In the Netherlands, all hospitals have a website available. Because several hospitals displayed internet-sites that covered multiple locations, a total of 97 different websites of hospitals were located. Of these 97 websites, 80 websites had a link to an orthopedic website or a link to a websites of orthopedic partnership. Seventeen hospitals who did not have an orthopedic department, or did not provide orthopedic services, were excluded.
Presence of general information on total hip arthroplasty
Referral to other orthopedic websites?
Brochure on hip arthroplasty?
Opportunity to make appointment online?
Opportunity to ask question online?
Presence of specific information on total hip arthroplasty
Cemented hip prosthesis?
Resurfacing hip prosthesis?
Uncemented hip prosthesis?
Hybrid hip prosthesis?
Type of prosthesis implanted by department?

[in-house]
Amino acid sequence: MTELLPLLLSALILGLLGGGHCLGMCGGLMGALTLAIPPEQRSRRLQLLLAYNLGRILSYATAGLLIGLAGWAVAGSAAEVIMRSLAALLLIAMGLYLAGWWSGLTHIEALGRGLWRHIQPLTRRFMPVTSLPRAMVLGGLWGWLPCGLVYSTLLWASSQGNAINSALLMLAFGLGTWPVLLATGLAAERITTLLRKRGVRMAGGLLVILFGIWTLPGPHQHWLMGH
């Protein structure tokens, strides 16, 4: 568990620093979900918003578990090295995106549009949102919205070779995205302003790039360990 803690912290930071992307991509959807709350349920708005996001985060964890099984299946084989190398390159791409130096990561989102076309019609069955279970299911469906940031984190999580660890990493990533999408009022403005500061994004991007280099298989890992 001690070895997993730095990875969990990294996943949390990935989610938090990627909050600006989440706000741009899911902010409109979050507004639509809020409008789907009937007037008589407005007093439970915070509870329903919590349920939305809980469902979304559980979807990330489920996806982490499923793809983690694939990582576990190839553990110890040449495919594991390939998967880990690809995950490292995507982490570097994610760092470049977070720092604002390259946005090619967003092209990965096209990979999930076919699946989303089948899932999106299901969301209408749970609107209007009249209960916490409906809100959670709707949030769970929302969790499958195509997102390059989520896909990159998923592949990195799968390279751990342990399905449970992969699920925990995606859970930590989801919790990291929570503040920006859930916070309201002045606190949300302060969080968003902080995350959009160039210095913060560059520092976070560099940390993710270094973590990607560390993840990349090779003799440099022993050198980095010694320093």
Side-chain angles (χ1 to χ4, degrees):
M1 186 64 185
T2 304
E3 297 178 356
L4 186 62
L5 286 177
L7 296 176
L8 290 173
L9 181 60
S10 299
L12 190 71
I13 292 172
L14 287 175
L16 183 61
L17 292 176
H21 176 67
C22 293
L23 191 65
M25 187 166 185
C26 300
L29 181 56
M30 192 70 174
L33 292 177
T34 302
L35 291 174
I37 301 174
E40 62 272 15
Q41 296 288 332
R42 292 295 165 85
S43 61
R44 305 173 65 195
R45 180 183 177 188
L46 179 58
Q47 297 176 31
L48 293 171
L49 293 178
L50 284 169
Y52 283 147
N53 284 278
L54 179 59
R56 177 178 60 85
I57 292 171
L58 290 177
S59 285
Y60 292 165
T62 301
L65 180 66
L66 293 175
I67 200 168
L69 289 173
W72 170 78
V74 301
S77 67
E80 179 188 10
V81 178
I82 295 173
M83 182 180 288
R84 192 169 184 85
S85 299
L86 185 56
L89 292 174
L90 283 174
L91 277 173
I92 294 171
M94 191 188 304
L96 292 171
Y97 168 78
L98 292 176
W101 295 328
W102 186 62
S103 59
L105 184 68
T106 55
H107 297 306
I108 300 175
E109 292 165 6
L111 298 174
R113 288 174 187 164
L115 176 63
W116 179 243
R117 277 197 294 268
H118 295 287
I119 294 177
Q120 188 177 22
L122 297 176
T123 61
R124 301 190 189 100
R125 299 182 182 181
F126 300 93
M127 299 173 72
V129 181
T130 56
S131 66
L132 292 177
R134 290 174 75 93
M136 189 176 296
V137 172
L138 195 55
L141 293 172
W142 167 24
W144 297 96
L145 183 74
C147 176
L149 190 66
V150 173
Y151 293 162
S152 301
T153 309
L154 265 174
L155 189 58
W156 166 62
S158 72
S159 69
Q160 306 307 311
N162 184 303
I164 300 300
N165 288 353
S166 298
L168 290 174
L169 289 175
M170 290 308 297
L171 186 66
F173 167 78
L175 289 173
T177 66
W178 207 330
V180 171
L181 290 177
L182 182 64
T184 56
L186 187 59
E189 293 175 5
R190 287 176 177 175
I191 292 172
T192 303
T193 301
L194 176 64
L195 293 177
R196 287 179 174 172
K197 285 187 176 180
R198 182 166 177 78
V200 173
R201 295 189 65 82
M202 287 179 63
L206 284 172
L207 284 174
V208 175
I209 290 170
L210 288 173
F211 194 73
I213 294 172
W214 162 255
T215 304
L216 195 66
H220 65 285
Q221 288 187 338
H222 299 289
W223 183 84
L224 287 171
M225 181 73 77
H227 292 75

Survival of implanted hip prosthesis?
Survival of other total hip prosthesis?
Patients opinion regarding the importance of information
'How important do you find this information?'
Information about orthopedic surgeon?
Information about rehabilitation process?
Referral to other orthopedic website?
Brochure on total hip arthroplasty?
Opportunity to make appointment online?
Opportunity to ask question online?
Information about cemented, uncemented, resurfacing, or hybrid hip prosthesis?
Information about type of hip implant?
Information about survival of hip implant?
Information about survival of other hip implants?
Other topics patients like to be informed about
'Other topics you would like to be informed about?'
Able to perform in sports
Number of operations performed yearly
Luxury of hospital room
Duration of hospital stay